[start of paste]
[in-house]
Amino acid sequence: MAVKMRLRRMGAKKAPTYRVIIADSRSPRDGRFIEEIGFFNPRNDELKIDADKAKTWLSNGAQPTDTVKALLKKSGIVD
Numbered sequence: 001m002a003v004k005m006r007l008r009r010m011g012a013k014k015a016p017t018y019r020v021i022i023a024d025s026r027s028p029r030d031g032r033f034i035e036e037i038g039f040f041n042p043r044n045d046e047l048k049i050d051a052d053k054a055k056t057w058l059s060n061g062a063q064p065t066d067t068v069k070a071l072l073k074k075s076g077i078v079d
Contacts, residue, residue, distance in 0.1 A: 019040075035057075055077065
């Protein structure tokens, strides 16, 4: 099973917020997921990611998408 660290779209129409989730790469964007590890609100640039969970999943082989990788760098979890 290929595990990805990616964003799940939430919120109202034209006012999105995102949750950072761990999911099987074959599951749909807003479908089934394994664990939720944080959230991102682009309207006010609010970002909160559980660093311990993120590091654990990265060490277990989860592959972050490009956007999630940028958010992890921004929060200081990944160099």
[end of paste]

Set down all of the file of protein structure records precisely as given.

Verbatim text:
[in-house]
Amino acid sequence: MAVKMRLRRMGAKKAPTYRVIIADSRSPRDGRFIEEIGFFNPRNDELKIDADKAKTWLSNGAQPTDTVKALLKKSGIVD
Numbered sequence: 001m002a003v004k005m006r007l008r009r010m011g012a013k014k015a016p017t018y019r020v021i022i023a024d025s026r027s028p029r030d031g032r033f034i035e036e037i038g039f040f041n042p043r044n045d046e047l048k049i050d051a052d053k054a055k056t057w058l059s060n061g062a063q064p065t066d067t068v069k070a071l072l073k074k075s076g077i078v079d
Contacts, residue, residue, distance in 0.1 A: 019040075035057075055077065
């Protein structure tokens, strides 16, 4: 099973917020997921990611998408 660290779209129409989730790469964007590890609100640039969970999943082989990788760098979890 290929595990990805990616964003799940939430919120109202034209006012999105995102949750950072761990999911099987074959599951749909807003479908089934394994664990939720944080959230991102682009309207006010609010970002909160559980660093311990993120590091654990990265060490277990989860592959972050490009956007999630940028958010992890921004929060200081990944160099």